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Saturday, May 31, 2008

Sartre on the Family

Sartre maintains that the family is the key mediation between the individual and "the general movement of history" and yet is experienced by the child "as an absolute in the depth and opaqueness of childhood." Mom, Dad, brothers, sisters, and History Itself in the same house. Somehow I never noticed History. Though there was a set of encyclopedias. And stories of combat in World War II and the conditions of life during the Great Depression.

Thursday, May 22, 2008


Bernhard's novel Ja, or Yes, is a beautiful cruel melancholy work, not unlike his Concrete. I finished reading the TriggerStreet screenplay this morning and wrote the obligatory critique and used up my full day's supply of energy in doing so, which is like shoveling it down a hole, but the author will be diverted by reading it, so there's that.

Staring Into a Void

Feeling void of ideas tonight I went to Trigger Street and started reading a screenplay (yes when I'm feeling desperate I go to Trigger Street and read screenplays) and actually enjoyed what I read, after having been dragged to the bottom of the ocean by Bernhard's Ja earlier in the day, I can't wait for tomorrow to come so I can start staring into the void again . . . which I can only take for so long, then I go to Trigger Street, it's slightly sickening to have no ideas of any kind, why does that have to happen? It has to happen because one cannot live continuously with one's soul at the utmost peak of intensity . . . or something like that.

Thursday, May 15, 2008

China Earthquake Victims Need Help

This is to urge all visitors presently seated in the Waiting Room to help the victims of the earthquake in China, where Mother Earth became insane and furious and cruel beyond reckoning or understanding, by making a financial contribution to the Red Cross at

Tuesday, May 13, 2008

Bernhard's Ode to Salzburg

From his memoir Gathering Evidence (pp. 78-79):

"My own unaided resources were no match for the petty bourgeois logic which prevails in this city as in no other. Everything here is opposed to whatever is creative; and it remains true, no matter how vehemently the contrary is asserted, that this city is built on hypocrisy and that it greatest passion is hatred of the intellect and the spirit: wherever imagination is so much as glimpsed, it is rooted out. Salzburg is a deceitful façade, a monument to the world's mendacity, behind which creativity and the creative artist are doomed to atrophy, disintegration, and death. This city of my fathers is in reality a terminal disease which its inhabitants acquire through heredity or contagion. If they fail to leave at the right moment, they sooner or later either commit suicide, directly or indirectly, or perish slowly and wretchedly on this lethal soil with its archepiscopal architecture and its mindless blend of National Socialism and Catholicism."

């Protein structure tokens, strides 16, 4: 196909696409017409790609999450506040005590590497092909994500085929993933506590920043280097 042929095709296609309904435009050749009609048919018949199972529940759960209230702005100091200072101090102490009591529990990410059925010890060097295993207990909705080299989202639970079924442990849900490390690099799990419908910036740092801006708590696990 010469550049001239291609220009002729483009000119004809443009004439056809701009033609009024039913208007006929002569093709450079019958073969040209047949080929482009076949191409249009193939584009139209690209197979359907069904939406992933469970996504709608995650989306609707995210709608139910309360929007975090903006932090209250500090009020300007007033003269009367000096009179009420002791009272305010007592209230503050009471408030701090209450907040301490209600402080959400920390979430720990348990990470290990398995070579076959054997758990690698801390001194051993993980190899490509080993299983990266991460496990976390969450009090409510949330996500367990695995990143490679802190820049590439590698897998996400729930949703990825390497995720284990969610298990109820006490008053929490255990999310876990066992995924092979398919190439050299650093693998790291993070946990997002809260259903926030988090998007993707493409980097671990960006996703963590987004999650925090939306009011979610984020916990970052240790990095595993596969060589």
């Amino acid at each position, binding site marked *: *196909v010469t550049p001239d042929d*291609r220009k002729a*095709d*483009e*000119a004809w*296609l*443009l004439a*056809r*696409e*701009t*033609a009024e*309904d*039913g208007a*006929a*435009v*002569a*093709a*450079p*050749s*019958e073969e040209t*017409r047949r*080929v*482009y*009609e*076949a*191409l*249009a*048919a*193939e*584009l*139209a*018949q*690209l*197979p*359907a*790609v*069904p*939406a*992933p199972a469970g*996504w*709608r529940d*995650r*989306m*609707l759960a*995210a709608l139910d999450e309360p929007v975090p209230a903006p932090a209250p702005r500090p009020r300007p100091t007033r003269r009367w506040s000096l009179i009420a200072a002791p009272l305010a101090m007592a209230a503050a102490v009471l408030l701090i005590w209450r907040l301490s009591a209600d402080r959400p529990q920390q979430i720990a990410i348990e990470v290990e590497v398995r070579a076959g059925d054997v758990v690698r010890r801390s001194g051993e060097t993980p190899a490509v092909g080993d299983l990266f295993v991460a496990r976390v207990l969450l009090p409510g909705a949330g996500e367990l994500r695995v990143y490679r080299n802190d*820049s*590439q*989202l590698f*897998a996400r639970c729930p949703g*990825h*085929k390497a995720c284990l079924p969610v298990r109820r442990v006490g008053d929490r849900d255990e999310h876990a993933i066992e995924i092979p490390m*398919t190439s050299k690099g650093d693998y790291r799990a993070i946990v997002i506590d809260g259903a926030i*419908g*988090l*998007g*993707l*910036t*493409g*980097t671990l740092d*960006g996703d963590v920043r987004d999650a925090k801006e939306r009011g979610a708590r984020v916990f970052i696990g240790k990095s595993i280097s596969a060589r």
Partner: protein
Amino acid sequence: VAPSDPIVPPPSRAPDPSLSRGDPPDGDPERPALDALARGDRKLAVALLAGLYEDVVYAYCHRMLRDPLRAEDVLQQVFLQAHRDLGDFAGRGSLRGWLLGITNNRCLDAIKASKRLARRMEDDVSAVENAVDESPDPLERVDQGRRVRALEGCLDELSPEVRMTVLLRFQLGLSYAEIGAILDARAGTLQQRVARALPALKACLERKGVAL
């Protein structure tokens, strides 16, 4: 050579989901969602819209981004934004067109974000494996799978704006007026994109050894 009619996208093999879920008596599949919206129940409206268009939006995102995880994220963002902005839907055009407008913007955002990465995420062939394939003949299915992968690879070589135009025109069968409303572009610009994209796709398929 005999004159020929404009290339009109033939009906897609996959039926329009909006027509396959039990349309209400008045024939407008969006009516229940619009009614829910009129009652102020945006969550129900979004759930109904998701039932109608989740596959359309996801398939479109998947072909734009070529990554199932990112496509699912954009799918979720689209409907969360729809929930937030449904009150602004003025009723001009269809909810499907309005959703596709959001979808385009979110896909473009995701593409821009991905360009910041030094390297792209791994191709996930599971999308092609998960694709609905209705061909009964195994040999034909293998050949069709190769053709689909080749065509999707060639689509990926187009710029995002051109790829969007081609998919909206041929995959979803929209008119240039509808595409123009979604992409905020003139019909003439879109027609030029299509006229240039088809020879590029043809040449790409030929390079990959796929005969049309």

A moment of amusement in an otherwise bleak and wholly unproductive day. Last night I dreamt I set up my drumset in the parking lot of a restaurant as members of a band waited for me to finish but we didn't get a chance to play any tunes. This is a frequently recurring dream. One comes right to the verge of playing--and the dream ends, or shifts scenes, as it did last night, to a bus or trolley, I couldn't tell which.

Sunday, May 11, 2008

Chicago School Economics as War

More from the wealth of material in The Shock Doctrine (p. 405):

"Everywhere the Chicago School crusade [of "free-market" Friedmanite economics] has triumphed, it has created a permanent underclass of between 25 and 60 percent of the population. It is always a form of war. But when that warlike economic model of mass evictions and discarded cultures is imposed in a country that is already ravaged by disaster and scarred by ethnic conflict, the dangers are far greater."

A note on Peter Joseph's not-for-profit Zeitgeist: The Movie: it is available for rental on DVD at Hollywood Express. [June 2015: Now on YouTube.]

Thursday, May 8, 2008

Theater of Nothing